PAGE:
YIMBYs are hardly in power across the country but YIMBY influence is growing. In Cambridge, MA and Austin, TX, land use restrictions have been relaxed to allow more subsidized housing. Minneapolis has passed a bold plan to allow triplexes anywhere a single family house can be built. Presidential candidate Elizabeth Warren has identified zoning rules as culprits behind high housing costs. And that’s not even counting the avalanche of YIMBY activity in California.

The same fourplex that could help affordability in an Austin neighborhood would have little effect in downtown San Francisco.

The YIMBY movement initially centered on supporting individual development projects counteracting NIMBYs’ influence at City Hall. The movement has grown more ambitious and now includes elected officials capable of actually changing the rules. But how do we know what we want? When the question is “do we allow this particular building to be built,” the YIMBY answer is easy. But when a Council Member asks you “what’s your one biggest ask for this year?” Do we suggest upzoning corridors to ten stories or allowing more ADUs on side streets (or both)? How do we advocate for triplexes in Minneapolis and skyscrapers in Manhattan, for ADUs in California and mid-rise mixed use buildings in Austin, beyond simply urging that more is better?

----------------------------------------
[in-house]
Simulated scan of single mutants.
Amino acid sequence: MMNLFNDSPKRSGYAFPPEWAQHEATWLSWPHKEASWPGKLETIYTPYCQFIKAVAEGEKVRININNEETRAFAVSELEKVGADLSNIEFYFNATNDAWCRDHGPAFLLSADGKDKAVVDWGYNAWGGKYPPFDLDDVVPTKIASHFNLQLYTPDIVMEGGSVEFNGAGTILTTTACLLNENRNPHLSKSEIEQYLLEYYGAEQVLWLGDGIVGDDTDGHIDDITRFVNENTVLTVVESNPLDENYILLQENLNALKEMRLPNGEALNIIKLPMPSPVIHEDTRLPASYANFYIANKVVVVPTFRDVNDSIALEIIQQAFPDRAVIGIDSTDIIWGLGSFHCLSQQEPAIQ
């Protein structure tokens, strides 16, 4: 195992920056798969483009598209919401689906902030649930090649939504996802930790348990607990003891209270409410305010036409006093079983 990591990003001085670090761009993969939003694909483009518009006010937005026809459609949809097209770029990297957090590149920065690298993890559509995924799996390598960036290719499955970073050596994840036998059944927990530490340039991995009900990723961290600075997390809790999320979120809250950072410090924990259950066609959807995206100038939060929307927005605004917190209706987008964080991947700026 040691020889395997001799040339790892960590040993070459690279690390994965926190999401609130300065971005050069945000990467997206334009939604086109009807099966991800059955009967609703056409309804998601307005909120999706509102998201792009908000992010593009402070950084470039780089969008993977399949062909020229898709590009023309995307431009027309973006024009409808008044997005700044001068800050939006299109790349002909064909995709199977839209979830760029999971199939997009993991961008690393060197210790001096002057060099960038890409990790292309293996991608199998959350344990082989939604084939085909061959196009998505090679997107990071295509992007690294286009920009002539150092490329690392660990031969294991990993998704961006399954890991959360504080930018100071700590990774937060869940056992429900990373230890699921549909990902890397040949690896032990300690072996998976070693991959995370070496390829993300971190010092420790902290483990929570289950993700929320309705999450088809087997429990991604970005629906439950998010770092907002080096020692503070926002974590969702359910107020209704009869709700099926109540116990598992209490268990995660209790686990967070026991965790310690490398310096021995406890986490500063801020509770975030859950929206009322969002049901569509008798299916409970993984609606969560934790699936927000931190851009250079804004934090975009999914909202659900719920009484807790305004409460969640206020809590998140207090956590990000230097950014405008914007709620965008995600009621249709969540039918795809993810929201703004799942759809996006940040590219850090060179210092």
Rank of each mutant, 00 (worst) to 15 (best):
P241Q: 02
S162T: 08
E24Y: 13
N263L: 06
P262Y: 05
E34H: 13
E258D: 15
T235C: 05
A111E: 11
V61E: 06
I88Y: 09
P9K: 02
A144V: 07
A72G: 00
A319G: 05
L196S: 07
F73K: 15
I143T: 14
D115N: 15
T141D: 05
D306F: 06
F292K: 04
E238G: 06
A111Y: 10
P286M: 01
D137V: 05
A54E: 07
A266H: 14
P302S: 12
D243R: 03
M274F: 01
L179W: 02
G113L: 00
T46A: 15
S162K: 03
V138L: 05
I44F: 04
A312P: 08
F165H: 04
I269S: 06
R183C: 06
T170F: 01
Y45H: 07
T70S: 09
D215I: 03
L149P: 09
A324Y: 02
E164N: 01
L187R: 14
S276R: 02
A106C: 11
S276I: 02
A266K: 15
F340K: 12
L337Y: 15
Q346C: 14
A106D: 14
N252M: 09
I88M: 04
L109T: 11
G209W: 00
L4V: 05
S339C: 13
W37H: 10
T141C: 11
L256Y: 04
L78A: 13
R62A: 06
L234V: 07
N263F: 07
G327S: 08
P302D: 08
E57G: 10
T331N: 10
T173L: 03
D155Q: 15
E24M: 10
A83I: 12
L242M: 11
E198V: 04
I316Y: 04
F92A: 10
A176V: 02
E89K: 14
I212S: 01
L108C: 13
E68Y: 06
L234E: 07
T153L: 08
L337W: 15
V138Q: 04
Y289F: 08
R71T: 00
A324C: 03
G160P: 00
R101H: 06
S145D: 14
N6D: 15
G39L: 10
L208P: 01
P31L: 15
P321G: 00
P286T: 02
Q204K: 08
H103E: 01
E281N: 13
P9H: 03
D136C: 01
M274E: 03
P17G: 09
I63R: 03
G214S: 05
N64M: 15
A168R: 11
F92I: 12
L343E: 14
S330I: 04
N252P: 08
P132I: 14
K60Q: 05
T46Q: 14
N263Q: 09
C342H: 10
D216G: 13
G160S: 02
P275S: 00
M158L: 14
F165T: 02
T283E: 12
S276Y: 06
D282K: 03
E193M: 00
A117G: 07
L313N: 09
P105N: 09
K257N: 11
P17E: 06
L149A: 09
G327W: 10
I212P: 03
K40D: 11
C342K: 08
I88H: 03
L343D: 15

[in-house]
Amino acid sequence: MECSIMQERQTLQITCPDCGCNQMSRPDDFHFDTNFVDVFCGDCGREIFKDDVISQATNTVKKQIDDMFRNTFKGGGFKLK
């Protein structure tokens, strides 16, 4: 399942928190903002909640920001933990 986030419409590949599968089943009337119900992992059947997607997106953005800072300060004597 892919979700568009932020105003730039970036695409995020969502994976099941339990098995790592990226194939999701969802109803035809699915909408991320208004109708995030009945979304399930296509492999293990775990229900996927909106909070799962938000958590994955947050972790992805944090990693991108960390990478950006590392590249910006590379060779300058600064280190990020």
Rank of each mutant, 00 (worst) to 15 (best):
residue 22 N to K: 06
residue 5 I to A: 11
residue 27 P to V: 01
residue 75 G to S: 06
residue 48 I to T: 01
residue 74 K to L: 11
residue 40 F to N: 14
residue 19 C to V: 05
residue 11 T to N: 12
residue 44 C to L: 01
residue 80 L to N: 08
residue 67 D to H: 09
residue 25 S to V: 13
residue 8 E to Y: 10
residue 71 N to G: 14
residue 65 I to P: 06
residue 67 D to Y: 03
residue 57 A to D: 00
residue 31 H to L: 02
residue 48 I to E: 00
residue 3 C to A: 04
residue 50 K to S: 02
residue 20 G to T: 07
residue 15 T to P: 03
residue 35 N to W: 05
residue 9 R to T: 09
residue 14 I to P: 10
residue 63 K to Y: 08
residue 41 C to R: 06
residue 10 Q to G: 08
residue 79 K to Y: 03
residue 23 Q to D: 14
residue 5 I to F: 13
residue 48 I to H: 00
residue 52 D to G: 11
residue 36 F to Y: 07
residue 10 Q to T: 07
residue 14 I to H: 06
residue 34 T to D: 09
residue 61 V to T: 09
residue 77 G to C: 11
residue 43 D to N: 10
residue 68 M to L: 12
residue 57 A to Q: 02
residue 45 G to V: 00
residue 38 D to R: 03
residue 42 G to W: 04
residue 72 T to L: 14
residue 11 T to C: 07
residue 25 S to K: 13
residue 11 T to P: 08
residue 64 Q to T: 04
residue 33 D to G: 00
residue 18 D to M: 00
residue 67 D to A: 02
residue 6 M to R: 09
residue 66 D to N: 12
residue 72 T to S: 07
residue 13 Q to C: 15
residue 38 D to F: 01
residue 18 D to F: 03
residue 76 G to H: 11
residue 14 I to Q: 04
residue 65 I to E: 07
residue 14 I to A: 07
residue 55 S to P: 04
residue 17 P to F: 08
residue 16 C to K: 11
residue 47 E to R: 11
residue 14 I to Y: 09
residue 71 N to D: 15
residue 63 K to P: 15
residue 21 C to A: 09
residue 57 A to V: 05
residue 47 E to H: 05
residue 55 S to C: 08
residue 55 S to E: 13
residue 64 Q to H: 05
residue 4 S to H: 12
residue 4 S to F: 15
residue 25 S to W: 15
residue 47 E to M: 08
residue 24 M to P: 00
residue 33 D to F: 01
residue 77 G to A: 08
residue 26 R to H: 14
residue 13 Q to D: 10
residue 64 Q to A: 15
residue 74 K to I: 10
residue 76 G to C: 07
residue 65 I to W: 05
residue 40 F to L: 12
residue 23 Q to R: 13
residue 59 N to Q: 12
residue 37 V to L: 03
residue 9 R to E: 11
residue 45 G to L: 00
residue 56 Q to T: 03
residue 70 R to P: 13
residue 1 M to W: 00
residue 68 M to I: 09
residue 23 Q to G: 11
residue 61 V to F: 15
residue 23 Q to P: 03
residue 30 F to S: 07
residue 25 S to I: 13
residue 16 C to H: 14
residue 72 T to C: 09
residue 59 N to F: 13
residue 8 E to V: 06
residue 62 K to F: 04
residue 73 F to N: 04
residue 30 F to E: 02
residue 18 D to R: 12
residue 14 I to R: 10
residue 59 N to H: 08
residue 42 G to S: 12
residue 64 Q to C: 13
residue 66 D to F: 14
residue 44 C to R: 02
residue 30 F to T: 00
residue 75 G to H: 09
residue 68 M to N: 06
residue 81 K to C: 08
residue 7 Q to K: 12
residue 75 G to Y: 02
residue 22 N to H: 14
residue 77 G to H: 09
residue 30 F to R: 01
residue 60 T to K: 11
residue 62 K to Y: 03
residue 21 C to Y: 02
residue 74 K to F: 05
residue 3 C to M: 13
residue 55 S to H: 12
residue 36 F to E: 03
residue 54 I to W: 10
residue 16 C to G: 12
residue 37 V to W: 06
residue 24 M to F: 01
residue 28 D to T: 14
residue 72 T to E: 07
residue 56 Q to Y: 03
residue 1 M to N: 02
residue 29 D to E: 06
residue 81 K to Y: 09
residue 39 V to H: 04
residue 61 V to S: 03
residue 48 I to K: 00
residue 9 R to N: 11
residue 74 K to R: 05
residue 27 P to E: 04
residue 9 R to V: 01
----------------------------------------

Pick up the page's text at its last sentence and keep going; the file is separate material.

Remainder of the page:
A desire path in Tottenham, England.
Desire path in Tottenham, England. Photo credit Alan StantonCC-by-SA 2.0

Today we introduce Desire for Density, a website featuring a simple new framework for answering these questions and more, produced by two Austin bloggers searching for the answers ourselves. We are not trained economists and our analysis is not the stuff of PhD courses. Nevertheless, we have found that tried and true basic economics yields valuable insights beyond the simplistic notion that more housing supply always leads to lower housing prices. The core of our answer is that even within a regulated market, market prices are a sort of desire path, revealing where the market could deliver more affordable housing than it presently is.?